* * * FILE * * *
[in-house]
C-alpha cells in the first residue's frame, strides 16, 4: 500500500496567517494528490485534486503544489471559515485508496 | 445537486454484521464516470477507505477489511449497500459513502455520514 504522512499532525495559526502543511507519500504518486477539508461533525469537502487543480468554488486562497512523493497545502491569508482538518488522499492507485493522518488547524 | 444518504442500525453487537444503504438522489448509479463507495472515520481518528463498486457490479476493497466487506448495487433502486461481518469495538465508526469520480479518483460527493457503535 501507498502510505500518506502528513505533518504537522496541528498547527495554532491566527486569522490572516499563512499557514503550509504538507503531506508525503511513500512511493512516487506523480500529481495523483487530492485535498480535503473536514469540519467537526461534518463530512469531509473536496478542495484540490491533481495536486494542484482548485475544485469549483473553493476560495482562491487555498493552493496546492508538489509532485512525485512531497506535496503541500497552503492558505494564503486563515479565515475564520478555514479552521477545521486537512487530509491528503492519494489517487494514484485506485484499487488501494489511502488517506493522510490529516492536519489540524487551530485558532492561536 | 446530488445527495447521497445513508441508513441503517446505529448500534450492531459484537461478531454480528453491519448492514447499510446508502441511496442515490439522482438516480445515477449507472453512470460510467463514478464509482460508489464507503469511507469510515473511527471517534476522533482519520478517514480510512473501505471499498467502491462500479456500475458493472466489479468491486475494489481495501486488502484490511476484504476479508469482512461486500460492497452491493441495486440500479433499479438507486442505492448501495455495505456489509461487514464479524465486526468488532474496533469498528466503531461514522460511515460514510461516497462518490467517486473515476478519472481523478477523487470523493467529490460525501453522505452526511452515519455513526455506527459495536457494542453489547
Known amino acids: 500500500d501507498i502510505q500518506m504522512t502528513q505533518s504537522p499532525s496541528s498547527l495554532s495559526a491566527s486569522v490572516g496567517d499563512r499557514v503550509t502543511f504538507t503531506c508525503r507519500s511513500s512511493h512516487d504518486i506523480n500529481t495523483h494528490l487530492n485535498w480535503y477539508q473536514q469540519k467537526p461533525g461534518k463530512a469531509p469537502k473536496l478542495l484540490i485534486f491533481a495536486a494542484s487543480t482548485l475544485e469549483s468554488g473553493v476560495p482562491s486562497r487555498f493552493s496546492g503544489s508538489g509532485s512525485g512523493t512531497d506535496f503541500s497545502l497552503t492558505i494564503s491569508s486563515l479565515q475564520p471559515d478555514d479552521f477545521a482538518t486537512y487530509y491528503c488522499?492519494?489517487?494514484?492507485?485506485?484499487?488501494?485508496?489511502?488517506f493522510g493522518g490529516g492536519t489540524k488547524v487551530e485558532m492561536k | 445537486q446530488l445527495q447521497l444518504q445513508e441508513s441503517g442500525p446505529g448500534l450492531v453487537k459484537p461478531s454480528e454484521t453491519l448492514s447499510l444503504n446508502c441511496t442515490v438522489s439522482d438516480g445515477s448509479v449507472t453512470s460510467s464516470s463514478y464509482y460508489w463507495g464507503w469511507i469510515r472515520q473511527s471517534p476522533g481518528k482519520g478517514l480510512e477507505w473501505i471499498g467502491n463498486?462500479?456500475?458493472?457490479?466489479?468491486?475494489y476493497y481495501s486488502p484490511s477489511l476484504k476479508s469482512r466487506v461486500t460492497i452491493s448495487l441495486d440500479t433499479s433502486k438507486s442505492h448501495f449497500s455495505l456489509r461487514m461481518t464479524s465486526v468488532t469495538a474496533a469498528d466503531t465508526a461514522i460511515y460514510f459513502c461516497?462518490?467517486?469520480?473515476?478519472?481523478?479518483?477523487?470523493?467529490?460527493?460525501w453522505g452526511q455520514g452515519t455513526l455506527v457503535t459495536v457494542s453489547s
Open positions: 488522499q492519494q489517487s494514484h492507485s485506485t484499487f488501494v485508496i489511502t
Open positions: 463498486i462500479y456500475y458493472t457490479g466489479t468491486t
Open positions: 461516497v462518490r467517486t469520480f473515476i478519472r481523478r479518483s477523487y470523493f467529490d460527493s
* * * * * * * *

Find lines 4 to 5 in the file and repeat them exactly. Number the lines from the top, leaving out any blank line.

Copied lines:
Open positions: 488522499q492519494q489517487s494514484h492507485s485506485t484499487f488501494v485508496i489511502t
Open positions: 463498486i462500479y456500475y458493472t457490479g466489479t468491486t